Hrotsvitha (also spelled Hrosvitha) was a Saxon writer from Gandersheim who lived in the tenth century CE and composed poems and plays. This particular poem discusses the life of Pelagius, who was a young prince from the region of Galicia in northwest Iberia. This Pelagius is not to be confused with the much earlier Pelagius who is credited with founding the Christian Kingdom of Asturias.
Taken prisoner along with his father, Pelagius offered to take the place of his father, who was ransomed and was able to return to his homeland. The caliph of Córdoba at the time- Abd al-Rahman III- had a deviant homosexual interest in boys, and was attracted to Pelagius. The caliph tried to make unwanted sexual advances on Pelagius. In response, Pelagius defied him, punched him in the face and persisted in his denunciation of the caliph's religion. As punishment, the caliph ordered for him to be catapulted over the city walls into the river, but Pelagius survived. He was then killed by the caliph's attendants, and his body was later found by fishermen and sold to a monastery for due burial. Then follows the familiar motif of the saint's relics and healing powers. The congregation of the faithful then tests the worthiness of Pelagius' sainthood by exposing his severed head to the fire. The head passes the test and all rejoice.
Given the author's distance from the place of the events and the general prevailing attitudes at the time, it should not be surprising that there are errors in the work, in particular with the author's conception of Islam as a pagan religion. However, she does correctly appreciate that Abd al-Rahman III's title of caliph (assumed in 929 CE, whereas prior to this time the realm was the Emirate of Córdoba) is meant to convey the idea of a supreme sovereign on earth (i.e. a 'king of kings' status) since in Islamic tradition there is only supposed to be one caliph to whom allegiance should be given. She has some understanding of the dhimma pact the Islamic authorities imposed on the Christians, who were allowed to practice their faith as per the pact. She also has some idea of the generally strict enforcement of laws of capital punishment against blasphemy of Islam, something borne out in the episodes of the martyrs of Córdoba in the prior century that are seemingly referenced in passing in the poem.
It should also be noted that this poem's description of Córdoba as the decus orbis ('the ornament of the world') is the source of the title of the popular work 'The Ornament of the World: How Muslims, Jews, and Christians Created a Culture of Tolerance in Medieval Spain' by María Rosa Menocal. For a nuanced discussion of that book and its use of this title, I recommend this paper by Kenneth Baxter Wolf, who points out that Hrotsvitha's use of the term 'ornament of the world' has a very different meaning from Menocal's thesis on tolerance and convivencia.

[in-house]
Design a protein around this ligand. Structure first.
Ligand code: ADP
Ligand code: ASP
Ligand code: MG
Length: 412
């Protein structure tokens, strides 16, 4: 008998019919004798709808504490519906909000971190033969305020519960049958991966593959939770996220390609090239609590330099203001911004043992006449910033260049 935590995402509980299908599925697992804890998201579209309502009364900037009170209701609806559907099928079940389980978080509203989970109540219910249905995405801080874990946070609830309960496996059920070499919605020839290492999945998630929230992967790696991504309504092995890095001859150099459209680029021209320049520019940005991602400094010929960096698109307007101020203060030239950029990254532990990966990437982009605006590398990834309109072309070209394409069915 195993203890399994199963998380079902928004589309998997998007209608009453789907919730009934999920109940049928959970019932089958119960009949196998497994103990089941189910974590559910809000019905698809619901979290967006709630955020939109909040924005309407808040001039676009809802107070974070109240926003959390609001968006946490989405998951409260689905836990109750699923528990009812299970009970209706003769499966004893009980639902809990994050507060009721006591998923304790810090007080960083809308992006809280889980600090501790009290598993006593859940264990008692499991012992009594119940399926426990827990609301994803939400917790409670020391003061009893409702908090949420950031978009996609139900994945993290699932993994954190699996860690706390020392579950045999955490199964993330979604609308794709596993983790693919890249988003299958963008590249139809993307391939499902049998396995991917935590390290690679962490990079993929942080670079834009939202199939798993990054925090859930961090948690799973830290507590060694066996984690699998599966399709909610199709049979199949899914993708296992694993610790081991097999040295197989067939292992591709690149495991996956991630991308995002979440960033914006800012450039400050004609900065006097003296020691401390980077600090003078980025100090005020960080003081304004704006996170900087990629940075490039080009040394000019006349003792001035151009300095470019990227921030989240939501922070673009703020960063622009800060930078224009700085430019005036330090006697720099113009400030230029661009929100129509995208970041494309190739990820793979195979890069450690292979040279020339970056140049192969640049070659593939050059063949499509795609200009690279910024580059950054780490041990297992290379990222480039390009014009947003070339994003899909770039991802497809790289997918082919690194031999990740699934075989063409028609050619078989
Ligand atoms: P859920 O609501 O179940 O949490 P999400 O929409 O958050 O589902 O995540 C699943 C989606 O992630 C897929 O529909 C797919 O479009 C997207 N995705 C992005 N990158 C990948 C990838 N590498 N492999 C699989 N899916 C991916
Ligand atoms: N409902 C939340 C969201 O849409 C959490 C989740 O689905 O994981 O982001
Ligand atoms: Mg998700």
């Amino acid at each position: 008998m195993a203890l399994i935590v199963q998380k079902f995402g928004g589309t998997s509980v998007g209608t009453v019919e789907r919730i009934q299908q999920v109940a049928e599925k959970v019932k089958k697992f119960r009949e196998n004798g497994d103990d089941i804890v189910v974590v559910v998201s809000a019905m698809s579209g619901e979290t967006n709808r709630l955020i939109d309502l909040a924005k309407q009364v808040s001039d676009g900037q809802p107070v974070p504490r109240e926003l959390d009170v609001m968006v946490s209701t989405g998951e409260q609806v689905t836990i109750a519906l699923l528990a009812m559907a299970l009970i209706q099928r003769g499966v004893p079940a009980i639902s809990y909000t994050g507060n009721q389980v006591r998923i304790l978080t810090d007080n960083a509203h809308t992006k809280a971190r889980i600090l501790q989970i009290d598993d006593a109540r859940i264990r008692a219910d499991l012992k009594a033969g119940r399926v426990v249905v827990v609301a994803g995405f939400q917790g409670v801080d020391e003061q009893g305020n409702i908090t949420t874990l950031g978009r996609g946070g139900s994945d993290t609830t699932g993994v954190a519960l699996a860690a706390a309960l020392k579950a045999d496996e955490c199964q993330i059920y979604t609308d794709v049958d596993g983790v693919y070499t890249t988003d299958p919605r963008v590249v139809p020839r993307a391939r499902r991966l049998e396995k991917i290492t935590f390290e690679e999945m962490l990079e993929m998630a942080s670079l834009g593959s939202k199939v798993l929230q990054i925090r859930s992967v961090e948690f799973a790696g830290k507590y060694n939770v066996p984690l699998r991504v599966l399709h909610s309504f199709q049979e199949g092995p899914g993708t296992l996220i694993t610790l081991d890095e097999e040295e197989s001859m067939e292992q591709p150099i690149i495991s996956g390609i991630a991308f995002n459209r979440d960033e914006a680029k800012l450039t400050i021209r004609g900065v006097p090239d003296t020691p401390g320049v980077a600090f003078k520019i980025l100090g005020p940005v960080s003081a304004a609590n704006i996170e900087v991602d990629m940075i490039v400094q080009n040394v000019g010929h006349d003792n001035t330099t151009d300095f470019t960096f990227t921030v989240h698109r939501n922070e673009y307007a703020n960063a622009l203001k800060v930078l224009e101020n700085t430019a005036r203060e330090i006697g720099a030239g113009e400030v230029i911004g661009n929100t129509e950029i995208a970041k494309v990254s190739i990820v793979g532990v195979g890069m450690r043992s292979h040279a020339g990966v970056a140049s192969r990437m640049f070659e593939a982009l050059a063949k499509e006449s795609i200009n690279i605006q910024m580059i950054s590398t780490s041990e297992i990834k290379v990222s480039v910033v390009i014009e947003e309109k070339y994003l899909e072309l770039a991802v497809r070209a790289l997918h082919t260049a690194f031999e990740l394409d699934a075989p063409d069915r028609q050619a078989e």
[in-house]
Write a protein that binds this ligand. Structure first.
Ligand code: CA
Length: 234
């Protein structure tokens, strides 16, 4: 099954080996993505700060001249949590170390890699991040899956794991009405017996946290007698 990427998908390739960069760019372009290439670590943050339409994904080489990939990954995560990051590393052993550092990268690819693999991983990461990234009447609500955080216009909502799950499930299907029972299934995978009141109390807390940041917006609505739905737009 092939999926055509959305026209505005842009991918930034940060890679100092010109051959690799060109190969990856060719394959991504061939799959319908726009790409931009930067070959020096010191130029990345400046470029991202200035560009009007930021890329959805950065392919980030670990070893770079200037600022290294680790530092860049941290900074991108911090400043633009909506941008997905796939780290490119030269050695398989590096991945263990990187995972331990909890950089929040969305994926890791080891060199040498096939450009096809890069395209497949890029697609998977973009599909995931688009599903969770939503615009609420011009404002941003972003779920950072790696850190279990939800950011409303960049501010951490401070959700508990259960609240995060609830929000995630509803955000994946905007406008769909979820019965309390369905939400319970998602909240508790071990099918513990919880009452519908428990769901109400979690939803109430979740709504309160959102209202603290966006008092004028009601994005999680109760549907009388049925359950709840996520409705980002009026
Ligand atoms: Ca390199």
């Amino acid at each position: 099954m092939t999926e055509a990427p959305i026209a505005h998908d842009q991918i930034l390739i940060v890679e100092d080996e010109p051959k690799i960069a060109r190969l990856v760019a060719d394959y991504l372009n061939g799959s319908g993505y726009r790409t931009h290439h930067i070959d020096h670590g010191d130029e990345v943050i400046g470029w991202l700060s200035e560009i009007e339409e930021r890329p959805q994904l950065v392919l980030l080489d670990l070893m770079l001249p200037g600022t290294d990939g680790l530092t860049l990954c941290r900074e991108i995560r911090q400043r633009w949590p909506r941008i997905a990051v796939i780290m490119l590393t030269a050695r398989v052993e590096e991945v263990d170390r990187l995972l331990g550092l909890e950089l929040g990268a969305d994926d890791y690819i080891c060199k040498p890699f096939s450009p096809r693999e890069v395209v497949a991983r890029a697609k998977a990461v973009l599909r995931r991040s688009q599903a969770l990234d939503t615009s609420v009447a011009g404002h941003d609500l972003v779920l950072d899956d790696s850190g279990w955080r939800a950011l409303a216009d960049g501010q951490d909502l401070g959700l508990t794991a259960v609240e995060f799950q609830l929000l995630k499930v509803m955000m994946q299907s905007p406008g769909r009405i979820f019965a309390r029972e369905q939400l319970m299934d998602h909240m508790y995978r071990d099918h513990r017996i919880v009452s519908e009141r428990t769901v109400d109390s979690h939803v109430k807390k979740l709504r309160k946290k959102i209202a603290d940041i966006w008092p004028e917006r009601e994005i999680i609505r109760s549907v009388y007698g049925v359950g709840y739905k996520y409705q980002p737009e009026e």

For the original Latin text of this poem, I rely on two editions of the text contained in:
I use the latter primarily for the titling of sections and a summary of the poem written in Latin.
I would like to dedicate this translation and commentary to Romy (on Twitter at @RomyTweeting), a monstrous Lebanese friend studying in Italy I have recently come to know. I hope this work will make you curious to explore the Latin language.
Below is the translation. I have included some footnotes for context where necessary. Any suggestions for amendments are welcome.
The Passion of Saint Pelagius the Most Precious Martyr
Who was crowned with martyrdom in our times in Córdoba
Abderahman,[i] the tyrant of Mauritania,[ii] following the sect of the Saracens, crossed into Hispania,[iii] and afflicted all the Christians with punishments or compelled them into his sect. When he had taken Córdoba, the distinguished city of Hispania, he killed the elders of the city, or received money for these people. And as he had imposed such a great sum of money on the noble citizen, which he could not pay to the tyrant and so was to be led into prison, the son, moved by duty of piety towards the father, underwent the chains on his behalf. As a report had been relayed to the tyrant concerning his handsomeness, the young man was led out of prison and offered to the tyrant, so that he should obey his lust. And while the disgraceful tyrant pressed on with many entreaties, the young man struck the tyrant with his fist as he was seeking his kisses. Using a ballista and sling, the tyrant threw the young man who rejected his embraces across the wall into the river, which feeds Córdoba. His body struck against the rocky banks and was collected by fisherman as it was mutilated by the attendants of the tyrant. Finally it was buried most religiously by the citizens.
The preface of Hrosvitha for Pelagius
Oh outstanding Pelagius, the most brave martyr of Christ,
And good soldier of the King who reigns forever,